F’ing awesome: Let’s Meet: How to Prevent Big Companies from Wasting Your Startup’s Time http://t.co/UnzguoZH1J via @hunterwalk
— elizabeth brooks (@elizabrooks) October 15, 2014
Grow your own: data fluency in your team
“You want to cultivate internal capability, not just hire it” – Michael Schrage in HBR on data fluency in a team.
You don’t want the “analytics person” to be the only one on the team who speaks the language.
Respond and care
Two underrated actions/abilities that will take you very far in business, just as in life: responsiveness and caring.
Did you let someone know you heard them?
And does it matter to you that there’s a problem to be solved?
Say yes to both.
Creativity is a product of the desire to be helpful
“Creativity is a product of the desire to be helpful: help make it better, help make it faster, help make it more beautiful, help make it simpler.” – Cary Paik, architect
This is one of the most beautiful, and to me accurate, definitions of creativity I’ve ever come across.
Full video on creativity and business from the incredible C2MTL conference:
Cover photo courtesy of Sid Lee.
Walking the wire
You have to make a reaction. You have to surprise. You have to astonish yourself. Be always on a wire, a thread. – Jean-Louis Dumas of Hermès
You can’t create if you’re focused on survival
One of the principles of microfinance is that, by extending credit, microlenders allow people to get out of a bare-survival relationship with moneylenders: a situation where subsistence is all that’s achievable. This blocks entrepreneurship. Extending credit allows the “breathing room” for a human being to actually start a business and grow it. This is why organizations like Kiva are so powerful in effecting change.
Too often people in business box themselves into a survival situation. In a highly political and challenged corporate environment, many times the only way to survive is not to stick your head above the waves. Do what’s expected; please the right people; and when the next round of cuts comes you will be ‘safe”. (This, by the way, being one of the worst definitions of “safe” I have ever heard.)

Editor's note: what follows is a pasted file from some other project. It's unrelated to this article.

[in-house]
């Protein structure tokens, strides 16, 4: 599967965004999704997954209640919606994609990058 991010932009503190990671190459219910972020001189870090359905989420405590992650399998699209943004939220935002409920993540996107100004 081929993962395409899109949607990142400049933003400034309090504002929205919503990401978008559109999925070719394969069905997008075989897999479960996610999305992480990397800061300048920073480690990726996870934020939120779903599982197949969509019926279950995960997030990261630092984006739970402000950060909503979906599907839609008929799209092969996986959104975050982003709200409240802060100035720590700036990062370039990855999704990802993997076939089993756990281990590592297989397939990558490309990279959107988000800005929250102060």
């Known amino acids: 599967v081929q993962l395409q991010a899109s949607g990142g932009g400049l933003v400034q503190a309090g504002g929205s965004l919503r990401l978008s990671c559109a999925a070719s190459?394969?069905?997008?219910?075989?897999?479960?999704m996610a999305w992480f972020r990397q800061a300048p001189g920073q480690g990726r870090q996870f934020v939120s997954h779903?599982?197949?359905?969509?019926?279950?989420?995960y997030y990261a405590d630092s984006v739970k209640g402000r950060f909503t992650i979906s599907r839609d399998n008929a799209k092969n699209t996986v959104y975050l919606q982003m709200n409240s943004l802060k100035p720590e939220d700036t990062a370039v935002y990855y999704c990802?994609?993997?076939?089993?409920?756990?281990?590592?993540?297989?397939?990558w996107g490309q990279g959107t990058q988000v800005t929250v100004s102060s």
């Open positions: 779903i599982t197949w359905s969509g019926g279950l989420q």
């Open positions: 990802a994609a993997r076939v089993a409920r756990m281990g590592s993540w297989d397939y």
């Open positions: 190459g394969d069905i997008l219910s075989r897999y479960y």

In a survival situation there is no room for creation. Career survivalists don’t make great things. Disruption could get them in trouble. They huddle in the bunker waiting for the loud noises to stop.
Don’t be a survivalist when you have the precious privilege and freedom to create change.
All progress depends on the unreasonable goal
When you start something, the goal you’ve set in your mind will inevitably define and color what you create. Building something from the inception with the goal to sell it is distinctly different from building something you see as beneficial to the world, or something that follows a personal passion.
This amazing piece by Vinod Khosla in the NYT says it far better than I can. “You want missionaries, not mercenaries.”
“The creativity, productivity and pace of innovation in Silicon Valley relies on brilliant and foolish entrepreneurs being unreasonable enough to believe they can be the exception to the ‘rule.’ As George Bernard Shaw said, ‘all progress depends on the unreasonable man.’ If everyone played it safe, we wouldn’t get anywhere.”